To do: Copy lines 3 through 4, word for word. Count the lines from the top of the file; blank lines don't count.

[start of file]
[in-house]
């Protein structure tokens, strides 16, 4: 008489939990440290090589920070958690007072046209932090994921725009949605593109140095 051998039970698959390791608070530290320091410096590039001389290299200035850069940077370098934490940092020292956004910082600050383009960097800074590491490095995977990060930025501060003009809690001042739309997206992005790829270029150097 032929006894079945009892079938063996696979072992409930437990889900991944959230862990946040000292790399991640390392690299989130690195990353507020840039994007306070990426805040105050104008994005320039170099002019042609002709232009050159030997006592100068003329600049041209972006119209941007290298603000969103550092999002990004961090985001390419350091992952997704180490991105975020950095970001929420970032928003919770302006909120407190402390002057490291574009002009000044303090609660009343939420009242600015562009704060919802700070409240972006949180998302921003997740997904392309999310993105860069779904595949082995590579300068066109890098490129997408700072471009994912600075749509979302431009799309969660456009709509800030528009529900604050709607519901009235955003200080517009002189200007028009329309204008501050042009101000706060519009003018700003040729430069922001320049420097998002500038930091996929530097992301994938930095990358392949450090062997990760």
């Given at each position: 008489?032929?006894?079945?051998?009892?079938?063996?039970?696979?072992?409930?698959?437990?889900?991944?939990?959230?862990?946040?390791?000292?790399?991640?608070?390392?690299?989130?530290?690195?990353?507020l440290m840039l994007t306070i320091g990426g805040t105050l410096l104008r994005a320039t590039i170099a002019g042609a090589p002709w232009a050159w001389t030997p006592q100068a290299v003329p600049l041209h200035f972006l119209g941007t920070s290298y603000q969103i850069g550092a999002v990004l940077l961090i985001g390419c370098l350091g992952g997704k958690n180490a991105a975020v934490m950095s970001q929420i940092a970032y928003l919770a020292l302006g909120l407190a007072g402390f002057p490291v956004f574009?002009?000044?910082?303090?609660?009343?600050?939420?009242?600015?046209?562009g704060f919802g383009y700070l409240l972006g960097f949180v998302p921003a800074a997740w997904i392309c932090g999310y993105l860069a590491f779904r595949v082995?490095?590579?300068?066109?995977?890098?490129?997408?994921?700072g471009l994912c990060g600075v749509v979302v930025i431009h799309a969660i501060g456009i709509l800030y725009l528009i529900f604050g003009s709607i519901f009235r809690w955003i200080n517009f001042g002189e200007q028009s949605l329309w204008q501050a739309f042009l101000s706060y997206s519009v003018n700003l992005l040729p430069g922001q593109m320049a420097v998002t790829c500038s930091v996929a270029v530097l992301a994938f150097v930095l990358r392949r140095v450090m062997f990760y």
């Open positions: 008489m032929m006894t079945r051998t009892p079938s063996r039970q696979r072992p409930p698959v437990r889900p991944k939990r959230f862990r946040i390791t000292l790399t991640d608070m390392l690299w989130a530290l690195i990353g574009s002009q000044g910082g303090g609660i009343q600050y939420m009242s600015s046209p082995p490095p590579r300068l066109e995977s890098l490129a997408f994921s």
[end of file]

């Given at each position: 008489?032929?006894?079945?051998?009892?079938?063996?039970?696979?072992?409930?698959?437990?889900?991944?939990?959230?862990?946040?390791?000292?790399?991640?608070?390392?690299?989130?530290?690195?990353?507020l440290m840039l994007t306070i320091g990426g805040t105050l410096l104008r994005a320039t590039i170099a002019g042609a090589p002709w232009a050159w001389t030997p006592q100068a290299v003329p600049l041209h200035f972006l119209g941007t920070s290298y603000q969103i850069g550092a999002v990004l940077l961090i985001g390419c370098l350091g992952g997704k958690n180490a991105a975020v934490m950095s970001q929420i940092a970032y928003l919770a020292l302006g909120l407190a007072g402390f002057p490291v956004f574009?002009?000044?910082?303090?609660?009343?600050?939420?009242?600015?046209?562009g704060f919802g383009y700070l409240l972006g960097f949180v998302p921003a800074a997740w997904i392309c932090g999310y993105l860069a590491f779904r595949v082995?490095?590579?300068?066109?995977?890098?490129?997408?994921?700072g471009l994912c990060g600075v749509v979302v930025i431009h799309a969660i501060g456009i709509l800030y725009l528009i529900f604050g003009s709607i519901f009235r809690w955003i200080n517009f001042g002189e200007q028009s949605l329309w204008q501050a739309f042009l101000s706060y997206s519009v003018n700003l992005l040729p430069g922001q593109m320049a420097v998002t790829c500038s930091v996929a270029v530097l992301a994938f150097v930095l990358r392949r140095v450090m062997f990760y």
């Open positions: 008489m032929m006894t079945r051998t009892p079938s063996r039970q696979r072992p409930p698959v437990r889900p991944k939990r959230f862990r946040i390791t000292l790399t991640d608070m390392l690299w989130a530290l690195i990353g574009s002009q000044g910082g303090g609660i009343q600050y939420m009242s600015s046209p082995p490095p590579r300068l066109e995977s890098l490129a997408f994921s």